Ian Fells, the Emeritus Professor of Energy Conversion at Newcastle University, said: “By about 2020 we could be about 23 gigawatts short of power generation, which is about one-third of our total.


and from 2009:


Quote:

Carbon capture plans threaten shutdown of all UK coal-fired power stations

Radical proposals to require existing plants, including Drax, to fit the technology would force their closure, government admits

Tim Webb and Terry Macalister

theguardian.com, Wednesday 17 June 2009 18.54 BST

All of Britain's coal-fired power stations, including Drax, the country's largest emitter of carbon, could be forced to close down under radical plans unveiled by government today.

Ed Miliband, the energy secretary, is proposing to extend his plans to force companies to fit carbon capture and storage technology (CCS) onto new coal plants – as revealed by the Guardian – to cover a dozen existing coal plants.


but of course, its all the fault of the nasty Conservative Party Tongue

lobsterboy
lobsterboy Site Moderator 1013937 forum postslobsterboy vcard United Kingdom13 Constructive Critique Points
22 Oct 2013 - 1:39 PM


Quote: All of Britain's coal-fired power stations, including Drax, the country's largest emitter of carbon, could be forced to close down under radical plans unveiled by government today.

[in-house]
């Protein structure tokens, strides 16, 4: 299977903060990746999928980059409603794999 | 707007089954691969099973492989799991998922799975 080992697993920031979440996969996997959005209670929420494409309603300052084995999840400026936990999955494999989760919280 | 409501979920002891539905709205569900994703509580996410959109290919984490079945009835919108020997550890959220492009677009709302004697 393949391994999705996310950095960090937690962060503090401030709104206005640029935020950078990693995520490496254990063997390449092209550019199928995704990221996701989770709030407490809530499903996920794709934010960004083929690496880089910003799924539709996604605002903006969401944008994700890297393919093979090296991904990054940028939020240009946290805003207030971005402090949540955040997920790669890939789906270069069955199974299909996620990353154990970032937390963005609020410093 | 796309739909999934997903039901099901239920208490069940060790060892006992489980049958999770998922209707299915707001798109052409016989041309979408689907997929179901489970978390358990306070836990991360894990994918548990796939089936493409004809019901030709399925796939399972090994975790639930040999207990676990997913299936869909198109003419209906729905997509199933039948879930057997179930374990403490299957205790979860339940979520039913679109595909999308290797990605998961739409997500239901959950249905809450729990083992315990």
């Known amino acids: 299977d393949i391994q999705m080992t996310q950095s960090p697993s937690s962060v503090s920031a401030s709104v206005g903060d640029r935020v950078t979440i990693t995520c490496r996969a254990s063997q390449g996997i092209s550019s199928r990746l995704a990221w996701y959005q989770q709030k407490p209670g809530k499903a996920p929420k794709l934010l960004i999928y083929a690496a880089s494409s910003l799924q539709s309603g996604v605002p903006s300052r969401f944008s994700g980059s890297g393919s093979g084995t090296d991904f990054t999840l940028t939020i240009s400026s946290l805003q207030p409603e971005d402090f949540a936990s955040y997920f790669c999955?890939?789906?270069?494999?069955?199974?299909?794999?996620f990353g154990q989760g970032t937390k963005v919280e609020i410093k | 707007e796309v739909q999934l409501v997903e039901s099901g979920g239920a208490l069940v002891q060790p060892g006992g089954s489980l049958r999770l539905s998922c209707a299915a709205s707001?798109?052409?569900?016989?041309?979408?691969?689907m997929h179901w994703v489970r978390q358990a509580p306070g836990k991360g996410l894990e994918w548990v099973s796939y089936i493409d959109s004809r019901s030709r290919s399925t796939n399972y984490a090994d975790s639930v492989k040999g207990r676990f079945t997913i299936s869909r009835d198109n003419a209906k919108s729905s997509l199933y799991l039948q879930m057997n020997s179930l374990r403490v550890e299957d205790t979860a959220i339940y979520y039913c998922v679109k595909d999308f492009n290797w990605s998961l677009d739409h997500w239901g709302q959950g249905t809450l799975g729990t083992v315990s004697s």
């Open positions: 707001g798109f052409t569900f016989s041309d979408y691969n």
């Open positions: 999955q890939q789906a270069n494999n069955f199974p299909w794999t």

Ed Miliband, the energy secretary, is proposing to extend his plans to force companies to fit carbon capture and storage technology (CCS) onto new coal plants – as revealed by the Guardian – to cover a dozen existing coal plants.

Got to say I don't understand why making them cleaner would force their closure. Might make them more expensive but why would it force closure ? it would still be cheaper than building a new nuclear station for instance.

keith selmes
22 Oct 2013 - 2:21 PM

If the power stations are privately owned, and they can't make a profit, why would they keep running them ?
As it is, the cost of coal has gone down, so even if the carbon tax increases, they may still be viable, and the government has offered subsidies for doing the upgrades anyway.

People who've invested in a coal fired power station doen't have any obvious reason to build a nuclear one. Even if they had the money.

keith selmes
22 Oct 2013 - 2:26 PM


Quote: of course, its all the fault of the nasty Conservative Party

Well, the coal problem seems to be caused by energy policies based on reducing carbon dioxide emissions. And we know who started that don't we ?
This is exacerbated by a shortage of suitable alternative generation, such as the failure to renew our nuclear generation.
And it probably doesn't help that we rely on private companies to do this for us at a profit, often foreign ones.
So, how did that start ?


Quote: Certainly, Mrs Thatcher was the first world leader to voice alarm over global warming, back in 1988

But her rejection of coal in this context had nothing to do with carbon dioxide emissions (although she understandably found it a useful debating point) and everything to do with her well-founded distrust of the politically-motivated leadership of the National Union of Mineworkers